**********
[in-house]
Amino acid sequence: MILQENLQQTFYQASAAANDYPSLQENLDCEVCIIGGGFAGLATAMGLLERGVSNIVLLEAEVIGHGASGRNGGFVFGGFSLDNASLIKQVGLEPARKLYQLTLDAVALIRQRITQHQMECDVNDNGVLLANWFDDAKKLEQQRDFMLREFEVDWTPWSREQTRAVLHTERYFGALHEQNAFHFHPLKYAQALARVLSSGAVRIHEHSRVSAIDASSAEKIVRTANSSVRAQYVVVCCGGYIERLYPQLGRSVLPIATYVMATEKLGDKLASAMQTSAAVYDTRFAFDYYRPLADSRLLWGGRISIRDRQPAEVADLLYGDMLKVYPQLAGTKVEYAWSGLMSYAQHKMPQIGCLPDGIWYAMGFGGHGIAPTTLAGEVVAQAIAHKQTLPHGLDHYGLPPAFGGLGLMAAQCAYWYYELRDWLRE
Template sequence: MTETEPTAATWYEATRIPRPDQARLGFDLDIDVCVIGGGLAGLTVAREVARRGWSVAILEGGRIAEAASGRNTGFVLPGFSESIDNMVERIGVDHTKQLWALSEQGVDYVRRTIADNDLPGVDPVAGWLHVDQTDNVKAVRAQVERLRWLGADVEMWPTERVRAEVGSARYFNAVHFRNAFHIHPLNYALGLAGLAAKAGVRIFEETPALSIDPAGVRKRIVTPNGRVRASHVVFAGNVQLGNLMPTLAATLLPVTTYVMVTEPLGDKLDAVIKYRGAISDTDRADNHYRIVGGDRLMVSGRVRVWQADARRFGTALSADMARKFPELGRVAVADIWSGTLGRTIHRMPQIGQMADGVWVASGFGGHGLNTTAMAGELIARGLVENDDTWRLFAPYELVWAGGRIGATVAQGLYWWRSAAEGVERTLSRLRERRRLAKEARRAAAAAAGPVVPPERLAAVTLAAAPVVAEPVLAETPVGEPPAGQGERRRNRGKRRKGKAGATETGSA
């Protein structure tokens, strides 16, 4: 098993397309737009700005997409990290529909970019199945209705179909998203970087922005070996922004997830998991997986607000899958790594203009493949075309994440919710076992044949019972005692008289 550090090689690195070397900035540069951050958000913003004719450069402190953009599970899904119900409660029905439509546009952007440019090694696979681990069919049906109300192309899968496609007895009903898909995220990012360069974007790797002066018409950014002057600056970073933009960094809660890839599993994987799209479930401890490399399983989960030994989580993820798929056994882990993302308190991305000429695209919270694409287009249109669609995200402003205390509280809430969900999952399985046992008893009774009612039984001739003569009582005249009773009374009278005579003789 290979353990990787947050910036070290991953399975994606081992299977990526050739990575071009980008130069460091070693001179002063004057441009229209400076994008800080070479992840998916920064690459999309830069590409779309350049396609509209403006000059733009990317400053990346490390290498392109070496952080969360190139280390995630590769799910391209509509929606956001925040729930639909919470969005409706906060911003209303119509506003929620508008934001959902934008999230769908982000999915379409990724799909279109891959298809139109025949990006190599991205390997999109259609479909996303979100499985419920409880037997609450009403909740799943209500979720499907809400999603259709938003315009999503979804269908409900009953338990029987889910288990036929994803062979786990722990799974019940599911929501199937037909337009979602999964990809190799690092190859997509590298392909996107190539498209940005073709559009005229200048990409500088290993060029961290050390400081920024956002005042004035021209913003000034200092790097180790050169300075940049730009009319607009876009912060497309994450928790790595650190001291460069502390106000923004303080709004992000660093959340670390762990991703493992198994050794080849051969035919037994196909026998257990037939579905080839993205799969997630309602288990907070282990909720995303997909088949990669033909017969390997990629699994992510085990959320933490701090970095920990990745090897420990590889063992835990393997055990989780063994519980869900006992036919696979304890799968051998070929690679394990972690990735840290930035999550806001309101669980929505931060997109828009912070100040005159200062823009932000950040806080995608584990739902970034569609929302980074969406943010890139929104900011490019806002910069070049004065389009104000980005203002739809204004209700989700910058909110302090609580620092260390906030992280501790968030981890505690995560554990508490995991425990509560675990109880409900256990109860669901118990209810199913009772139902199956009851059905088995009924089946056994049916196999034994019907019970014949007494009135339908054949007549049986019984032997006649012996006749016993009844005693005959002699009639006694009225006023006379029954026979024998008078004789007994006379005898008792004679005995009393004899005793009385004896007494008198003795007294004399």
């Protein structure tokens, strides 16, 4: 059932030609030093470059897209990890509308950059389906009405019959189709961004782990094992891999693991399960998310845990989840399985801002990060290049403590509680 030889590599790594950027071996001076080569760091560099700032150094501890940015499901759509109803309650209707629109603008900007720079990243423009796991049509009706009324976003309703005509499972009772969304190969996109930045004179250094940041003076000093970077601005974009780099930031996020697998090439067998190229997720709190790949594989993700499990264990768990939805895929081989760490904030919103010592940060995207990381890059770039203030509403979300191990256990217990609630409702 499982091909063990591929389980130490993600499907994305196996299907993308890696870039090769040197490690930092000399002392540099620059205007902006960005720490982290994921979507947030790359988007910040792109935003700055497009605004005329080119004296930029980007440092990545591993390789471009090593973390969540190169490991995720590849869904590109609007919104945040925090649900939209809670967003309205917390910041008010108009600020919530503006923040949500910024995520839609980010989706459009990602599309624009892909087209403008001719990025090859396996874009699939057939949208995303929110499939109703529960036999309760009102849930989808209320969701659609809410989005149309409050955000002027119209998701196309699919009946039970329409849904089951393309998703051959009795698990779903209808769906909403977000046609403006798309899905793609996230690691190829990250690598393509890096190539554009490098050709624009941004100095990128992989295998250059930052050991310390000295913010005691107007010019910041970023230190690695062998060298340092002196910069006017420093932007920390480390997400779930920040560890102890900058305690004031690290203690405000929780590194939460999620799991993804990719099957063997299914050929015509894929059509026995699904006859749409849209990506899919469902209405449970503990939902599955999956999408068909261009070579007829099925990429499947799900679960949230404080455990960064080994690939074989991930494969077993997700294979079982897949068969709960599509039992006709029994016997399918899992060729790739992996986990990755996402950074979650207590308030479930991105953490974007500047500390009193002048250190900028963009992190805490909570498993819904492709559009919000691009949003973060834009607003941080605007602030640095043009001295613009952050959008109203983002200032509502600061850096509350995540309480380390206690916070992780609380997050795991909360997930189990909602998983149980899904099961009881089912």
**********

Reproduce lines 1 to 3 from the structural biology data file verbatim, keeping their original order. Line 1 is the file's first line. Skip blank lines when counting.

[in-house]
Amino acid sequence: MILQENLQQTFYQASAAANDYPSLQENLDCEVCIIGGGFAGLATAMGLLERGVSNIVLLEAEVIGHGASGRNGGFVFGGFSLDNASLIKQVGLEPARKLYQLTLDAVALIRQRITQHQMECDVNDNGVLLANWFDDAKKLEQQRDFMLREFEVDWTPWSREQTRAVLHTERYFGALHEQNAFHFHPLKYAQALARVLSSGAVRIHEHSRVSAIDASSAEKIVRTANSSVRAQYVVVCCGGYIERLYPQLGRSVLPIATYVMATEKLGDKLASAMQTSAAVYDTRFAFDYYRPLADSRLLWGGRISIRDRQPAEVADLLYGDMLKVYPQLAGTKVEYAWSGLMSYAQHKMPQIGCLPDGIWYAMGFGGHGIAPTTLAGEVVAQAIAHKQTLPHGLDHYGLPPAFGGLGLMAAQCAYWYYELRDWLRE
Template sequence: MTETEPTAATWYEATRIPRPDQARLGFDLDIDVCVIGGGLAGLTVAREVARRGWSVAILEGGRIAEAASGRNTGFVLPGFSESIDNMVERIGVDHTKQLWALSEQGVDYVRRTIADNDLPGVDPVAGWLHVDQTDNVKAVRAQVERLRWLGADVEMWPTERVRAEVGSARYFNAVHFRNAFHIHPLNYALGLAGLAAKAGVRIFEETPALSIDPAGVRKRIVTPNGRVRASHVVFAGNVQLGNLMPTLAATLLPVTTYVMVTEPLGDKLDAVIKYRGAISDTDRADNHYRIVGGDRLMVSGRVRVWQADARRFGTALSADMARKFPELGRVAVADIWSGTLGRTIHRMPQIGQMADGVWVASGFGGHGLNTTAMAGELIARGLVENDDTWRLFAPYELVWAGGRIGATVAQGLYWWRSAAEGVERTLSRLRERRRLAKEARRAAAAAAGPVVPPERLAAVTLAAAPVVAEPVLAETPVGEPPAGQGERRRNRGKRRKGKAGATETGSA